I'm Flirting With the Idea of Going With Vera Bradley Again

The maker of women’s handbags and accessories has fallen to a tempting price after a recent post-earnings tumble.


Stocks quotes in this article:

VRA,

CATO,

FOSL

Back in late December as a year-end move, I parted ways with Vera Bradley (VRA) , a well-known brand name but an under-the-radar stock that I had owned since mid-2017. I thought the 2019 acquisition of a 75% interest in Pura Vida bracelet maker Creative Genius might be a catalyst for Vera Bradley. However, it got creamed during the onset of the pandemic, falling all the way into the low $3 range intraday in March 2020 before rebounding to $8 by December. As it turned out, the stock did little while I owned it; the story never played out as I had suspected it would and I got bored and moved on.

But I could not help but notice the action in VRA this past Wednesday, when the company announced second-quarter results. More specifically, the stock took about a 10% hit after missing the 28-cent consensus per-share earnings estimate by five cents. While revenue was up 11.6% year over year it also missed estimates, by $6.6 million. Vera Bradley also updated full-year revenue guidance to a range of $550 million to $565 million, which is below the previous consensus of $570.3 million, and full-year earnings per share to a range of 80 cents to 95 cents versus the previous 95-cent consensus. Neither helped matters.

The balance sheet, however, remains fairly solid. Vera Bradley ended the quarter with $76.5 million, or $2.25 a share, in cash and short-term investments and no debt. The company did not buy back any stock during the quarter, but still has $32.9 million left under a $50 million stock repurchase authorization that expires Dec. 11. VRA currently trades at about 10x nest year’s consensus EPS estimates of $1.03.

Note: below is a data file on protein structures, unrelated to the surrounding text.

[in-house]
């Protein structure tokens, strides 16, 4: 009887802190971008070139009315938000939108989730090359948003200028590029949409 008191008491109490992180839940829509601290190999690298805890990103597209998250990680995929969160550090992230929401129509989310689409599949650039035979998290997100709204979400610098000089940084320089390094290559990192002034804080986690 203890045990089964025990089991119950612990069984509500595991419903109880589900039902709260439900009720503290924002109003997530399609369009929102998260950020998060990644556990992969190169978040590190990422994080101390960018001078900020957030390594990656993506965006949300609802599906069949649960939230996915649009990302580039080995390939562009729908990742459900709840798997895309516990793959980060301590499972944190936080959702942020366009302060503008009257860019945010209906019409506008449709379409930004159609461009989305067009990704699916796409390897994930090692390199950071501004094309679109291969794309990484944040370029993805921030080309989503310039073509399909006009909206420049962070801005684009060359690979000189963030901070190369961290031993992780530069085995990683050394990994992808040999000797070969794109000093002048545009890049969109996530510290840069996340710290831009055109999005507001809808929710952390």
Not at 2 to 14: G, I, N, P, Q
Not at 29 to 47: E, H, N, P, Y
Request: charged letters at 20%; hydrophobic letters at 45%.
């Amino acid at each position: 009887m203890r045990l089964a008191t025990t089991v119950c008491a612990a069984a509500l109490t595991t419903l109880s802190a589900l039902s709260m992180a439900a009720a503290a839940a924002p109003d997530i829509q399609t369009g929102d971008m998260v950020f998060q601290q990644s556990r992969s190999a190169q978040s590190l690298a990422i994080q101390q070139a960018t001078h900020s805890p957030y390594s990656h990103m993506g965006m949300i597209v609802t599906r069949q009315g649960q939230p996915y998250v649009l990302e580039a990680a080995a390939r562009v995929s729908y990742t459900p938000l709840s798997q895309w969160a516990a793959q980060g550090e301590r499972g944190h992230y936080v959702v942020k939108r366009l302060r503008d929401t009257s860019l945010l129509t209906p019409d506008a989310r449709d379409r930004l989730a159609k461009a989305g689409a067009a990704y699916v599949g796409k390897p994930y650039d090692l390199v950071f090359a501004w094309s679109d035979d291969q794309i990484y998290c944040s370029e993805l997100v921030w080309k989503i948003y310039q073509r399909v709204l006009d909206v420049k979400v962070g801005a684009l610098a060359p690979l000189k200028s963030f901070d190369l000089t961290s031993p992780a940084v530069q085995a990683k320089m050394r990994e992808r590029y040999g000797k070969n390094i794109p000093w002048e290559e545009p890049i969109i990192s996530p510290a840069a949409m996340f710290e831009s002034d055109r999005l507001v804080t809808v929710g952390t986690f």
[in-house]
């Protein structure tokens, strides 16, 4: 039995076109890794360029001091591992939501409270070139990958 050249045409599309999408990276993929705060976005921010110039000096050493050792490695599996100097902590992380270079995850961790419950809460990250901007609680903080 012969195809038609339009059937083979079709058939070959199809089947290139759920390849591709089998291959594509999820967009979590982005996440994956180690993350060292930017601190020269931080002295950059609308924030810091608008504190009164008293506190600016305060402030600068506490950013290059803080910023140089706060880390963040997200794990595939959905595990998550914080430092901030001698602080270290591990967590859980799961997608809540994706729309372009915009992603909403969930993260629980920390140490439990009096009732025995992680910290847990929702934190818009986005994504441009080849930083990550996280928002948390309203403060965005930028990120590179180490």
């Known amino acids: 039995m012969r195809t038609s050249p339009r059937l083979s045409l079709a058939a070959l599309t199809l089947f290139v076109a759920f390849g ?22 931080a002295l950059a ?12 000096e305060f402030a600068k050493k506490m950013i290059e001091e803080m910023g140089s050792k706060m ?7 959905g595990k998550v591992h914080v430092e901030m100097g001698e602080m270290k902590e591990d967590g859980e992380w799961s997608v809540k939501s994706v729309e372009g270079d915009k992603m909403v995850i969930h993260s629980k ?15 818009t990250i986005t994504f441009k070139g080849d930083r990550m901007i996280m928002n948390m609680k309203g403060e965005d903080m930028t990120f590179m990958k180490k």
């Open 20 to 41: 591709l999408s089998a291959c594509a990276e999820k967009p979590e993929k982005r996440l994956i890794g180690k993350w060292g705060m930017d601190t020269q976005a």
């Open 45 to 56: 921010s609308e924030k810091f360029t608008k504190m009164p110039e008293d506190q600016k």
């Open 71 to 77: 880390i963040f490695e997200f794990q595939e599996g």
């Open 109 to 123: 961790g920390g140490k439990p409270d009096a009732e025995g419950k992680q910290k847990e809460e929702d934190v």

I typically have avoided going back names I’ve previously owned, but then came the crazy environment we’ve seen in retail the past few years. I’m on round two with both Cato Corp. (CATO) and Fossil Group (FOSL) and both of those plays are working out well the second time around, too. I now have VRA back on my radar. It’s not the bargain that CATO was but is somewhat intriguing nonetheless. It’s a bit surprising that this brand has a current enterprise value (market cap plus debt minus cash) of just $276 million. I had similar thoughts when I first took a position in VRA and also thought it might make a nice acquisition for a bigger fish, but hope springs eternal.

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Roy Walsh

Roy Walsh

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